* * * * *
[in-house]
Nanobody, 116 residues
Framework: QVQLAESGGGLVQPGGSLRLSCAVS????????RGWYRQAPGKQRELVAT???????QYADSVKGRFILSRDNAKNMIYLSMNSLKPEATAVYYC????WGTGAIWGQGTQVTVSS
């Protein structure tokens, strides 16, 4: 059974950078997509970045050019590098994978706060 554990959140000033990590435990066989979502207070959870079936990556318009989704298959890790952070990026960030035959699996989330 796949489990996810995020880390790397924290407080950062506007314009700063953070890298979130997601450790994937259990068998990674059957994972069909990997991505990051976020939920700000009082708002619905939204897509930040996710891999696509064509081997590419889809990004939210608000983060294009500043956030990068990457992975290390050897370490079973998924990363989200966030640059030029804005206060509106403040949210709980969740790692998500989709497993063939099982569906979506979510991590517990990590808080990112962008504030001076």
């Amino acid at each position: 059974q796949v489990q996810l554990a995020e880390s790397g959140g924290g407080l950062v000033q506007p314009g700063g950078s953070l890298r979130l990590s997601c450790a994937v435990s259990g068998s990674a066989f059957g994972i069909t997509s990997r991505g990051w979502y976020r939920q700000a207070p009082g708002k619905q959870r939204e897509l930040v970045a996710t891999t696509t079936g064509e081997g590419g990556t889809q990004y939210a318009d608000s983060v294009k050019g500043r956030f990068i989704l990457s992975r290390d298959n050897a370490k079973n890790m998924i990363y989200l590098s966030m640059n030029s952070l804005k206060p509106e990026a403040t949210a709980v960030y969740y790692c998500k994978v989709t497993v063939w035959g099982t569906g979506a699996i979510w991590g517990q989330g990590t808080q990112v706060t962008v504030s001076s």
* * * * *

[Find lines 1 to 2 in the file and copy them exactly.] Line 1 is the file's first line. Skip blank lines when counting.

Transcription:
[in-house]
Nanobody, 116 residues